Patient experience: living with glaucoma
This week is World Glaucoma Week, held annually to raise awareness of eye disease glaucoma, which is the most common cause of irreversible blindness in the world today. Read our snapshot of the disease and the personal experience of a woman with the condition told in her own words.
Quick facts about glaucoma
Glaucoma is an eye condition which is usually caused by a build up of pressure in the eye. It begins when the fluid in the eye cannot drain properly, resulting in intraocular pressure. This can damage the optic nerve as well as the nerve fibres from the retina.
Damage often develops slowly but any damage cannot be reversed, which is why it is important to have regular eye checks at the optician.
The most common form – chronic open-angle glaucoma – affects up to 2% of people over 40 and around 5% of people over 80. In England and Wales, it is likely that more than 500,000 people have the condition, with many more unaware that they have it. This form is age-related and becoming increasingly common as the population lives longer.
Ways to control and minimise damage include eye drops, laser treatment or surgery.
Research funded by the UK Stem Cell Foundation is ongoing into the potential for patients’ own stem cells to be used to reduce the loss of optic nerve fibres. Professor Geoff Raisman at University College London and Professor Peng Khaw at Moorfields Eye Hospital are collaborating on this experimental project which has shown that transplanting a small number of olfactory ensheathing cells near the optic nerve can halve the loss of fibres caused by raised eye pressure and reduce the damage to the optic nerve tissue.
People often have several health conditions to manage at the same time, complicating treatment and adding to their stress. This situation is demonstrated in the following genuine diary extract, wherein the patient discovered she had the eye condition when being screened for cancer:
The biopsy taken from my upper back came back as malignant melanoma. Went Tuesday for surgery to have a huge portion removed. The doctor advised me to see my eye doctor and an oral surgeon for cancer screening tests. Oral surgeon removed a huge spot from the roof of my mouth. Waiting on biopsy results. Eye doctor gave me the news that I have glaucoma and some pigment in my eye. Also, a ton of white blood cells circulating in both eyes. I have been given eye drops and a prescription eye drop. Have to follow up with eye doctor tomorrow (Monday), complete physical exam and more blood work with my primary doctor on Tuesday, follow up with oral surgeon on Wednesday. Needless to say, I’m physically and emotionally drained.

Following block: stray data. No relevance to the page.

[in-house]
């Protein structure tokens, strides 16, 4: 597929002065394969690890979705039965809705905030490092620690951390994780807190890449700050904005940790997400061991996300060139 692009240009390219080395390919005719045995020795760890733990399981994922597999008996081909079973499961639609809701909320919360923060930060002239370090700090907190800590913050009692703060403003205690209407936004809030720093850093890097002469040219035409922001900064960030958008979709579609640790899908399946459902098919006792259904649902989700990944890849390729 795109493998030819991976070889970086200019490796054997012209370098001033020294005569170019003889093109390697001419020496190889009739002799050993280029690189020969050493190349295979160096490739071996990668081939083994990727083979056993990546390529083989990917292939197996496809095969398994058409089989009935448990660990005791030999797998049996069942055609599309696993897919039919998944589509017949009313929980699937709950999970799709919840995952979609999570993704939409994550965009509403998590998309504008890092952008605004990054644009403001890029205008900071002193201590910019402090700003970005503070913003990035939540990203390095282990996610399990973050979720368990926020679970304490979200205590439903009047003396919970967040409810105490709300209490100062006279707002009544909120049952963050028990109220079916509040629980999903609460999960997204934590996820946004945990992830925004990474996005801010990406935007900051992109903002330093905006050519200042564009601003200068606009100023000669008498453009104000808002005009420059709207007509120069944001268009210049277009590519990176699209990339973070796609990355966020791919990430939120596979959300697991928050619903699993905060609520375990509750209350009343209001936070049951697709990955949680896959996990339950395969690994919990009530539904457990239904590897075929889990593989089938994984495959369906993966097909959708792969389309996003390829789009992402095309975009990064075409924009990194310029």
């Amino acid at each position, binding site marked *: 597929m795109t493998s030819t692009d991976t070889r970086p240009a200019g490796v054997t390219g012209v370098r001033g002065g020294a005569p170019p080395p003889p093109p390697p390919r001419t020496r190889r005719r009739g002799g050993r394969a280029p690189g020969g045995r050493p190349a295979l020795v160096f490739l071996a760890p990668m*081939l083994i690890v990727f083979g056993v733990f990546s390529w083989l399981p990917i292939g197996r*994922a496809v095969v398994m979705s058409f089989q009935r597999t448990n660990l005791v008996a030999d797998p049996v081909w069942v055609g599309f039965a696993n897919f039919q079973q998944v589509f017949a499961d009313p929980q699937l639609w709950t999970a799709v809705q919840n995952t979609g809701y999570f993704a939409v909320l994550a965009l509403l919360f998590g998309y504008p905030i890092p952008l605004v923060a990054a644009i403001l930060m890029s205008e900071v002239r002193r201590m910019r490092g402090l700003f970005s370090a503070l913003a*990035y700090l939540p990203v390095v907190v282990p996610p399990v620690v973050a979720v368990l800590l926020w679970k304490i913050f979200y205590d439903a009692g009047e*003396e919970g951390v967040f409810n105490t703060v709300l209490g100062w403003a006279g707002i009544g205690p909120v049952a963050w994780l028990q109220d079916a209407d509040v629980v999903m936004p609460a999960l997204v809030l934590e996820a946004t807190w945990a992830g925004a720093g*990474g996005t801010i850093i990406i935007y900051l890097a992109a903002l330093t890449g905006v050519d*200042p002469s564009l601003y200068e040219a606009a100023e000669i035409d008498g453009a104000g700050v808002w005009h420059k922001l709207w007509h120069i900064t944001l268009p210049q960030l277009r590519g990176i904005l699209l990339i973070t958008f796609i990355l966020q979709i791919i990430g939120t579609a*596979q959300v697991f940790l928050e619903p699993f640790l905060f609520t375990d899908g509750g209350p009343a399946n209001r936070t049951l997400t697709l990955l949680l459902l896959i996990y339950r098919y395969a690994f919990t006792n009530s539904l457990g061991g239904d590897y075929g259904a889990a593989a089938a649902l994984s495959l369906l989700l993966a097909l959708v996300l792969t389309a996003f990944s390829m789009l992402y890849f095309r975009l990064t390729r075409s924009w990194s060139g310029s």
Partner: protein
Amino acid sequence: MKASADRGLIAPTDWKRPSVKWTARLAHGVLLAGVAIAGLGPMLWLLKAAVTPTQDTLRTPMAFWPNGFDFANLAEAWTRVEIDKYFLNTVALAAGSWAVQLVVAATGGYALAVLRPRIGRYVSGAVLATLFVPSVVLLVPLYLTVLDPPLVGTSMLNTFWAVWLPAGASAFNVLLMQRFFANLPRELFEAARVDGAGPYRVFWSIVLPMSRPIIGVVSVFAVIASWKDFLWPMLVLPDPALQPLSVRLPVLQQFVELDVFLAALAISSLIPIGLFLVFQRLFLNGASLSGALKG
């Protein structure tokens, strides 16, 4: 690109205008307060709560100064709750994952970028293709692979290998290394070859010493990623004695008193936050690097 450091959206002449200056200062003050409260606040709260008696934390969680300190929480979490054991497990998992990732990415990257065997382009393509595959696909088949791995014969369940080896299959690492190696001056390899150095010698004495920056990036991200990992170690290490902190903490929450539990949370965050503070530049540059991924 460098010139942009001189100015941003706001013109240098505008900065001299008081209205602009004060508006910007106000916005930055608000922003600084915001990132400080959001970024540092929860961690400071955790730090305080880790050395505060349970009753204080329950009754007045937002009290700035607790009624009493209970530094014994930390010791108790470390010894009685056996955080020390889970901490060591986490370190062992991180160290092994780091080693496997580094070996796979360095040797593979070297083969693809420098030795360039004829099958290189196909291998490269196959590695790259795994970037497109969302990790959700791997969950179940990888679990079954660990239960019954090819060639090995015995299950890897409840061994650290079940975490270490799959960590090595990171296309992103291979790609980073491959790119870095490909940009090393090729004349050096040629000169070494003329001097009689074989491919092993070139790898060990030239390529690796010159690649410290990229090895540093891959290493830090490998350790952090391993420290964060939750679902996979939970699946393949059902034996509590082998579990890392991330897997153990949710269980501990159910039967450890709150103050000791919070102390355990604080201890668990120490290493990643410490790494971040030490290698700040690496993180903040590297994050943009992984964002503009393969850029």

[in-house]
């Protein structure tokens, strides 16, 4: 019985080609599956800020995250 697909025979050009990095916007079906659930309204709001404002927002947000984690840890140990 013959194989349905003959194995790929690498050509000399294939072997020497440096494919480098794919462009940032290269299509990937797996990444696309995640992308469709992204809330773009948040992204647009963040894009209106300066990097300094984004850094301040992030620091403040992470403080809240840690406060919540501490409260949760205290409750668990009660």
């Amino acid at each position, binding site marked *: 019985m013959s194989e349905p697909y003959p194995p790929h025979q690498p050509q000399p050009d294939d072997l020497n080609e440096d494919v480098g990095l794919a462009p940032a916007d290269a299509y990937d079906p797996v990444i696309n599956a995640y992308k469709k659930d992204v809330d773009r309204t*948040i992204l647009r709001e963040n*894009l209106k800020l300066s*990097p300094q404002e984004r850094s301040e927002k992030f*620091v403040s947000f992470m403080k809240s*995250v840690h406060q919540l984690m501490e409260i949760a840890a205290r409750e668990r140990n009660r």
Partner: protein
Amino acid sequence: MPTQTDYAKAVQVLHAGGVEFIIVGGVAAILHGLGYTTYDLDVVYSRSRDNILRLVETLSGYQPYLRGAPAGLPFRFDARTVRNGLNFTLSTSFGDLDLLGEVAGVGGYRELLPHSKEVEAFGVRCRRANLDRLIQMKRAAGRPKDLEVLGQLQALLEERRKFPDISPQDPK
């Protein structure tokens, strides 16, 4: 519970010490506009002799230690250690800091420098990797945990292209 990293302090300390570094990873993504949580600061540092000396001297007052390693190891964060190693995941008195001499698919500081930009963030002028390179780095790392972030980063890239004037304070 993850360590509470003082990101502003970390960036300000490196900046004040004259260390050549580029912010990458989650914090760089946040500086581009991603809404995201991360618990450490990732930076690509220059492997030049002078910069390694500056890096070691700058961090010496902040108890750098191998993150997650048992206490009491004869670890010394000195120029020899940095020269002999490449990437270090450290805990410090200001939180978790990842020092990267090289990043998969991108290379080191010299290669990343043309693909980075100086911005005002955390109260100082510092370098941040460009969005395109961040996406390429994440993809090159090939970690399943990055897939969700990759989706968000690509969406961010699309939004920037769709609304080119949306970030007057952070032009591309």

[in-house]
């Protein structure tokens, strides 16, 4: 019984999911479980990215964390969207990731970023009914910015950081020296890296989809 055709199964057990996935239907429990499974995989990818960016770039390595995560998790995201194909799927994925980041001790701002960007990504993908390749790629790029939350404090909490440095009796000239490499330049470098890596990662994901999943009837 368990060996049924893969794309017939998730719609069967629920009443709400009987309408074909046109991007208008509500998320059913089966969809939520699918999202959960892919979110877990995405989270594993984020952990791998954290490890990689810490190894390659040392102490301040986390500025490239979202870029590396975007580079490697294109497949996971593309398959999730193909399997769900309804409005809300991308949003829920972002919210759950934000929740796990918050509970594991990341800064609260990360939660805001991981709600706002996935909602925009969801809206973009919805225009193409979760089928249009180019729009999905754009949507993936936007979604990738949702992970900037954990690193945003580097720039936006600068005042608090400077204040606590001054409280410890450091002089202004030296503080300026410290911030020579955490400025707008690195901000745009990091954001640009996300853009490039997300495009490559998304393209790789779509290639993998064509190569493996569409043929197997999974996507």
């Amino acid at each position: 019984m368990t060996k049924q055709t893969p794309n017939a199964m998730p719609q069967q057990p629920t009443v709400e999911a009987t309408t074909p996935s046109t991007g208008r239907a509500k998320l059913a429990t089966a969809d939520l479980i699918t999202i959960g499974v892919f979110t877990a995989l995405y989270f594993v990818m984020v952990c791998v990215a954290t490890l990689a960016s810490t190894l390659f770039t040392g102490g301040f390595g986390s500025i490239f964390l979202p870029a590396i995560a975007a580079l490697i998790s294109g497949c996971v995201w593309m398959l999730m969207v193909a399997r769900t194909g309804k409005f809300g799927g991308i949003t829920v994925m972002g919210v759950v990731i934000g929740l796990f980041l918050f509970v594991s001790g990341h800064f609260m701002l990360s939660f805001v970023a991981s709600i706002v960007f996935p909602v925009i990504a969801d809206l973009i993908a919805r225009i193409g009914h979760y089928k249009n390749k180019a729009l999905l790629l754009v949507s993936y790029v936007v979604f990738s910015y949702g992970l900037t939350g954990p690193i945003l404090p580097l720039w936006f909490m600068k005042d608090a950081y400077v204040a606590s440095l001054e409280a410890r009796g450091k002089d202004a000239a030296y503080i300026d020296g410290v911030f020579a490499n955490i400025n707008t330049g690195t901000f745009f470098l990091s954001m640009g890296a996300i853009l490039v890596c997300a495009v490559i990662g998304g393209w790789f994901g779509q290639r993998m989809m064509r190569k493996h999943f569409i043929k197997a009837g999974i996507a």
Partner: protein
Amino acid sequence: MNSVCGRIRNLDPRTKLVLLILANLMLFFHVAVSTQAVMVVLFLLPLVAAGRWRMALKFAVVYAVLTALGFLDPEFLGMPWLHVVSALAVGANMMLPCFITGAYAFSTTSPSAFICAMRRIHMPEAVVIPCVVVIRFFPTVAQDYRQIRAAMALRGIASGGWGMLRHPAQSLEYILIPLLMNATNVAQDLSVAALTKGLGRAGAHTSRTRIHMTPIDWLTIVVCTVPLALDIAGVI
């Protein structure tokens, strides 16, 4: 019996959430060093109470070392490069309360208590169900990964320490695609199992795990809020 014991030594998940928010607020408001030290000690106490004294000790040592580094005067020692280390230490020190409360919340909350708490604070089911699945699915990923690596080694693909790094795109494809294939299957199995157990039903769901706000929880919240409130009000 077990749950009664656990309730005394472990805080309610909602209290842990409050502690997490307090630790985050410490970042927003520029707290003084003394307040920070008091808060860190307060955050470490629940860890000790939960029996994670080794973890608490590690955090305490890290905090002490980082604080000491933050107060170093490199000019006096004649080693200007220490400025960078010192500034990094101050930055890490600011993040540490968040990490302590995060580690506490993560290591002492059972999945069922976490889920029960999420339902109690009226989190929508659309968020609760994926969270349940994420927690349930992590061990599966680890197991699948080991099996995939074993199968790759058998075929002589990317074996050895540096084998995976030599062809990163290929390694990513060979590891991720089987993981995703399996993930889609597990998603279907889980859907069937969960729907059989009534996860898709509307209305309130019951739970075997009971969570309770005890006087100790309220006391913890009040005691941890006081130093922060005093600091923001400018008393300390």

Back to work
Today was my first day back to work in almost a week. After the wild ride of news last week and two quick surgeries, I can’t believe I made it a full day. Honestly I feel like I’m about 90 years old today. I am so exhausted and my back is so sore. Had another follow-up appointment with my eye doctor and the pressure in my eyes is still high and I’m fighting some sort of infection so I have to see him again in 10 days. Tomorrow is my complete physical and more blood work with my primary care doctor.
More doctor’s appointments
Well I made it through another long day on very little sleep. Had my physical, bloodwork and internal today. The doctor gave me something to help me sleep. I don’t like to take pills normally but, after two weeks of not sleeping well, I really am looking forward to some solid rest!
My mouth is killing me from the oral surgery last Thursday and, on top of that, I feel like I have a toothache.
Trying to eat better, drop the white foods, increase fruits and greens. Can’t go to the gym for another few months and really happy being back at work, although I get exhausted pretty quickly.
It amazes me how doctors can keep you waiting so long for biopsy results. It will be two weeks tomorrow. I NEED to know if my margins are clear or if they will have to go back in and remove more and I’m so aggravated. My eyes are killing me. The drops are not working at all and I’m getting the worst headaches because of it.
This is a real patient’s experience from Treatment Diaries’ website. Read more, share if you like or join in the conversation. Making sure you feel less alone when navigating any diagnosis is important. Treatment Diaries connects people to others who can relate and provide support.
Read another patient experience: